The Demi-Fiend is better known as the protagonist of Shin Megami Tensei: Lucifer's Call (Nocturne if you're on the other side of the Atlantic) but makes a cameo as an optional boss in the second playthrough of Digital Devil Saga. Half-human, half-demon, he is able to summon and control demons and also possesses a nasty array of skills. The Demi-Fiend has six different demons which he will summon in order whenever he has less than two demons out. This is the list of demons he uses: Cu Chulain, Girimehkala, Pixie, Arahabaki, Titania and Parvati. He starts the battle with the first two already in the field. All in all, this is an "endless allies" type boss battle which are often difficult due to the high number of turns the opposing side is able to take. This is particularly true in the SMT's press turn system where you get a bonus turn for hitting an opponent's weakness or getting a critical hit. He does the latter a lot.

If you've played this game or taken a look at its skill list, you'll notice that there are skills that allow you to become immune to pretty much everything, so how can this fight be any challenge? Well, that's because this guy doesn't really approve of unfair fighting and rewards your "cunning" with an almighty spell, Gaea Rage,  (almighty, as the name suggests, being the only damage type that cannot be cancelled) that does more damage than it is possible to have hit points in this game. He does generously allow you to have resist skills though, which will be needed to cover any weaknesses of the characters you bring because otherwise his allies will be creating way too many bonus turns exploiting your weaknesses. He also allows you to have two null skills because they don't actually work like the rest of them. I find it just a little baffling that they didn't give them more discerning names.

Although he doesn't approve of your unfair fighting, he has absolutely no trouble fighting unfairly himself. He's immune to most damage types with three exceptions, two of which are actually useful against him. He also gets a second turn to start off with. His attack patterns are actually pretty limited, he's just throwing out various physical attacks that deal a lot of hurt to all characters. The most annoying of his attacks is one that causes mute which, if it sticks, makes you unable to cast spells. Another attack causes stun. Curiously this is a blessing more than anything else because if a character is stunned they cannot be muted. Since by this time you'll have access to a healing spell that cures full hit points and all status effects, mute is usually only a nuisance but occasionally can kill your entire turn.

Of course his allies add their own ingredients to this mix of nasty. Stuff like instant kill attacks, petrification and tons of debuffs can be expected. As long as you're prepared, you should usually survive all this. I'm saying usually because sometimes an unlucky streak of attacks can really throw you off. Such is life in the Junkyard. Anyway, so far so simple, so what's the big deal? Remember Gaea Rage, the attack that kills your entire party off if you dare to have any immunities on you? Well, he actually throws it out at specific times during the battle even if you are fighting according to his rules of fairness. This will happen exactly after he has summoned Pixie and after he has summoned Parvati. There is only one way to avoid getting wiped out by Gaea Rage, and that is a skill called Null Sleep.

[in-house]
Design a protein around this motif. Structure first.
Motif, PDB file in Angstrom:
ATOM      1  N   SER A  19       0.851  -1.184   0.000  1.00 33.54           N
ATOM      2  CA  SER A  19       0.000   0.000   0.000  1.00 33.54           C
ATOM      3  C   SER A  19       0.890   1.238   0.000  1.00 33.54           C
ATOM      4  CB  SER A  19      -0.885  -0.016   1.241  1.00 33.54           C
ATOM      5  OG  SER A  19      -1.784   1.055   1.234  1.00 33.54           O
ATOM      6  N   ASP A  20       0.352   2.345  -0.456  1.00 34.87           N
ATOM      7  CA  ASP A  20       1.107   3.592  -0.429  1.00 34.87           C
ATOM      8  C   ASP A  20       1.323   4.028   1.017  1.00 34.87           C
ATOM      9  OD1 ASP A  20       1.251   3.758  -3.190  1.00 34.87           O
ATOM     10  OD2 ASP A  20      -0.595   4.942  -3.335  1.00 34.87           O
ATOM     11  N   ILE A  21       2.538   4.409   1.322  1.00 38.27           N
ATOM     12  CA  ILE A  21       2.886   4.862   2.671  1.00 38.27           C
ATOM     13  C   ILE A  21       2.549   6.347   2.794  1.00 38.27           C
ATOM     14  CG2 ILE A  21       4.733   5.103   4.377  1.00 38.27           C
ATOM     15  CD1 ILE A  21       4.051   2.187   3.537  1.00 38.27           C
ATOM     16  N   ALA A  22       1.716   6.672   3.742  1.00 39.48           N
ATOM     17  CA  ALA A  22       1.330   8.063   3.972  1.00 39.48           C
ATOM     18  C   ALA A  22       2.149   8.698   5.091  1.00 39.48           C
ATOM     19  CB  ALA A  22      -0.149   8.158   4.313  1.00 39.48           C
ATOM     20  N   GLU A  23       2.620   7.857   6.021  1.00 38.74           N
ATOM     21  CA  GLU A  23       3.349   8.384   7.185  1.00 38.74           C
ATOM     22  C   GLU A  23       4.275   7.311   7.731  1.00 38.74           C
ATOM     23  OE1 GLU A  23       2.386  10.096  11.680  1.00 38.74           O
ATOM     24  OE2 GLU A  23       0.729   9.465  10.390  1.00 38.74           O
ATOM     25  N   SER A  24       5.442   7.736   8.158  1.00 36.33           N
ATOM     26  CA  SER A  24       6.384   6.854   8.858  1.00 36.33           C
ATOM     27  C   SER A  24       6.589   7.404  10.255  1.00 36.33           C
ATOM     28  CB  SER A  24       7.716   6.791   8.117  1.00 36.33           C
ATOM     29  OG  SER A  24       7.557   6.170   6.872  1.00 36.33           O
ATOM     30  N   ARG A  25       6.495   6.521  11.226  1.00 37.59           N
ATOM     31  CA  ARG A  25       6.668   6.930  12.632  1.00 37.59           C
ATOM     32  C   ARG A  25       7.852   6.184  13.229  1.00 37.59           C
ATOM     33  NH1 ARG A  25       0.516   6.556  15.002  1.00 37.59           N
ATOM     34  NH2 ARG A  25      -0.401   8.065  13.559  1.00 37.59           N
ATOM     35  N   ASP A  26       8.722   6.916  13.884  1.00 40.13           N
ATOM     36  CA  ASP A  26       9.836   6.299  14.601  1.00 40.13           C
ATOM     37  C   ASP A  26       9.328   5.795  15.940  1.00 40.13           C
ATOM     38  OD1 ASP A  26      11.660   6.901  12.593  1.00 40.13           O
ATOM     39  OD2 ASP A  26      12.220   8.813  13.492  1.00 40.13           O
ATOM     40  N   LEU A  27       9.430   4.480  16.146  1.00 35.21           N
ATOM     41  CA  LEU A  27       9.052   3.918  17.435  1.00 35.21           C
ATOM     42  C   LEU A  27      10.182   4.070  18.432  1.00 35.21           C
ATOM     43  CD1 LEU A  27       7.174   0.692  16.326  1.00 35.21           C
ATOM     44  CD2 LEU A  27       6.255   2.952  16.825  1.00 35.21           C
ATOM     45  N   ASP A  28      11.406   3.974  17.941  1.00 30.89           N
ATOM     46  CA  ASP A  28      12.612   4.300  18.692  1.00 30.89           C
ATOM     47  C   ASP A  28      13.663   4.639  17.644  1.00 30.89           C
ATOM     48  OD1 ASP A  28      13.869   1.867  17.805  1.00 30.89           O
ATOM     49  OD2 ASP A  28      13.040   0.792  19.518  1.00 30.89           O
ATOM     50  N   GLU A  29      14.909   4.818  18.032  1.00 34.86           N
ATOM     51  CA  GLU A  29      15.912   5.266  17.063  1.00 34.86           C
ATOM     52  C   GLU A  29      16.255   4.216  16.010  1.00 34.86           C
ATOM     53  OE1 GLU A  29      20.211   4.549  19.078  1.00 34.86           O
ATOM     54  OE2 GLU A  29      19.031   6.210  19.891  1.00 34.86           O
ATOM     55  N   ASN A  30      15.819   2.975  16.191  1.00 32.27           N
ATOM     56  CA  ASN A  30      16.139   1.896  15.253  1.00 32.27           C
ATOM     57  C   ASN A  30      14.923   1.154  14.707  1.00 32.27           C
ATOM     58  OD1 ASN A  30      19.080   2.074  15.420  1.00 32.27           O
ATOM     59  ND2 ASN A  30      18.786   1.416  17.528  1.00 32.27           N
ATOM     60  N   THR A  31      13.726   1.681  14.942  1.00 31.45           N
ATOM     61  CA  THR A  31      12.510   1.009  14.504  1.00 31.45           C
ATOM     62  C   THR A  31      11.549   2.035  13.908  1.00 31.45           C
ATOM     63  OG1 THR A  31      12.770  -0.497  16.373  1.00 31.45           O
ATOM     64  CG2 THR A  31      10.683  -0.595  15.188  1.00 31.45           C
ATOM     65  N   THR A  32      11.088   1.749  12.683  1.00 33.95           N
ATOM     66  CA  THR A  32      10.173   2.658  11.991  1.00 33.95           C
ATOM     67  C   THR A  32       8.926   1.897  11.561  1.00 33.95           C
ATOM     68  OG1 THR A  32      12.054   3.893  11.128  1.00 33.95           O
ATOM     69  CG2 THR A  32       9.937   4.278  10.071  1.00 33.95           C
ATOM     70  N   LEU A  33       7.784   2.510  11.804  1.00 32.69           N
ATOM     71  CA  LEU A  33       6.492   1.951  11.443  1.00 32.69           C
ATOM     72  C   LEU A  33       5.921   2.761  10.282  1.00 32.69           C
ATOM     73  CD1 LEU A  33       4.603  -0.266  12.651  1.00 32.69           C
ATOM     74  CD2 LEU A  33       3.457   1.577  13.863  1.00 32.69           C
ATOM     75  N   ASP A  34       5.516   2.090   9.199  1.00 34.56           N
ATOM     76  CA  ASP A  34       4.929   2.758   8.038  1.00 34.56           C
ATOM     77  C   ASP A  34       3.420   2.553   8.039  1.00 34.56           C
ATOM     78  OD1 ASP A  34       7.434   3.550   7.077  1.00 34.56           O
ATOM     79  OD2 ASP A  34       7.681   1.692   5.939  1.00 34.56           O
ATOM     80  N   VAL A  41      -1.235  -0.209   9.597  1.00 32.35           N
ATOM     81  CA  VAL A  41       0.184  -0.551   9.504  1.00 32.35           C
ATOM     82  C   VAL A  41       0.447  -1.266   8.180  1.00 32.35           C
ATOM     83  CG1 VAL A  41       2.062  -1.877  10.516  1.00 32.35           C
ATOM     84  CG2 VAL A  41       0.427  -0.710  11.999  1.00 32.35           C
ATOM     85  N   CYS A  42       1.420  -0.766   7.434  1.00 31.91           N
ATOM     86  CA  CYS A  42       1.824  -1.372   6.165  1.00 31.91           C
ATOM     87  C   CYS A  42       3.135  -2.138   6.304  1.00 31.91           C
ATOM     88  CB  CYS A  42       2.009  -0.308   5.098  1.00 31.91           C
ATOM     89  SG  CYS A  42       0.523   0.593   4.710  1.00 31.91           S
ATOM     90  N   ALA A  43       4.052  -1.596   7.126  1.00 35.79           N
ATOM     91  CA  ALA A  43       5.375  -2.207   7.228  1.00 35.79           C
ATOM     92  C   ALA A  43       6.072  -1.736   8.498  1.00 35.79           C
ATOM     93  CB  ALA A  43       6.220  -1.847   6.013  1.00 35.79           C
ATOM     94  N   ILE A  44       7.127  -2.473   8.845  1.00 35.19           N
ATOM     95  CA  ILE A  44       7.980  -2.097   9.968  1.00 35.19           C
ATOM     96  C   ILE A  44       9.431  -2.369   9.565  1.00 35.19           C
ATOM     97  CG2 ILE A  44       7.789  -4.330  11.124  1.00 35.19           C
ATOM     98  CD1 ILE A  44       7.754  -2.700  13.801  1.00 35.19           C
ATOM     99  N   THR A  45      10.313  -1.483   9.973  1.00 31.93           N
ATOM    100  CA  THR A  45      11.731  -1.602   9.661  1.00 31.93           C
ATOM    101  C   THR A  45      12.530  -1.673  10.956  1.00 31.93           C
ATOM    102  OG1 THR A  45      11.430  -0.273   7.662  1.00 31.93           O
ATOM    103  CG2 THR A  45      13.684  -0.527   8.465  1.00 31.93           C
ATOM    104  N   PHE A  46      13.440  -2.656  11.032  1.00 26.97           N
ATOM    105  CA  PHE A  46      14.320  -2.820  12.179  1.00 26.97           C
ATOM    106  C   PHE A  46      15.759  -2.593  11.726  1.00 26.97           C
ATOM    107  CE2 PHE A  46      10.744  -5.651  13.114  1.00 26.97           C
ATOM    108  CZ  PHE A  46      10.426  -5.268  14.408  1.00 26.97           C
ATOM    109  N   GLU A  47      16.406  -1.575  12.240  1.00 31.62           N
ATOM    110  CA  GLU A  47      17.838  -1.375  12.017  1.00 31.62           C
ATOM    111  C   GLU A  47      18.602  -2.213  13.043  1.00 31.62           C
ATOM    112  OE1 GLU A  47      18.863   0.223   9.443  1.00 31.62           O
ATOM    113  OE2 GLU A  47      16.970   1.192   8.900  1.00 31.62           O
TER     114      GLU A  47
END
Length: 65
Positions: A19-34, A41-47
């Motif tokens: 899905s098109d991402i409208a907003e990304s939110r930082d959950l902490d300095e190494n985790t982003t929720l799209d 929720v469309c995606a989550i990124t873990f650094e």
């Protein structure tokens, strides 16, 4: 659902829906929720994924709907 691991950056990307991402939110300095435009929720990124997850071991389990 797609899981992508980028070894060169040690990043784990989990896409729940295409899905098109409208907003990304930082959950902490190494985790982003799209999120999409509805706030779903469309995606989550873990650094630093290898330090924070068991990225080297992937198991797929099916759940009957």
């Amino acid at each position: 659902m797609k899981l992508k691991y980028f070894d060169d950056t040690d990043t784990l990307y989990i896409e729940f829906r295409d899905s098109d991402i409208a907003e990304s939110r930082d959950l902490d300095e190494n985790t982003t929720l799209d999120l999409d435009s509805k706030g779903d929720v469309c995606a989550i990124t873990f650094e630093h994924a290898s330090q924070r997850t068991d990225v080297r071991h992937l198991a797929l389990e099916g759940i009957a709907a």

This may sound a bit weird but it's mostly because of poor naming. What actually happens is that after Pixie and Parvati are summoned, they will cast Dormina, a spell that causes sleep. How's this important if you are equipped with a skill called Null Sleep? Well, that's because the skill doesn't make you immune to sleep. Instead, when afflicted by sleep a character with Null Sleep is guaranteed to dodge every single attack thrown at them. So that's good news, Gaea Rage won't hit you. Bad news is, there's no guarantee that sleep will stick. This is where the fight is borderline unfair, because there's not much you can do besides bringing Cielo who is weak against all ailments, it's all based on luck. The only thing you can do is to minimize the number of times you have to roll this particularly deadly die. Easy right, don't kill his demons, he'll never get to even Pixie.

Right. That's where the other nasty mechanic of this battle comes to play. Whenever a demon ally has taken 30 turns using anything except Dekaja or Dekunda (these skills clear enemy buffs and ally debuffs, respectively) they will cast Recarmdra which kills the demon but heals the other demon and Demi-Fiend back to full HP. Which is typically worse than having to start all over again, so at this point retrying is a good idea. This forces you to kill those demons. You just don't want to do it too quickly, otherwise you're pushing your luck with Gaea Rage. The odds of sleep sticking are by the way uncomfortably low, so you really don't want to do that. On top of that, even if it does stick and you do survive Gaea Rage, the aftermath is messy. There's no telling how long your character will sleep and on whose turn they wake up.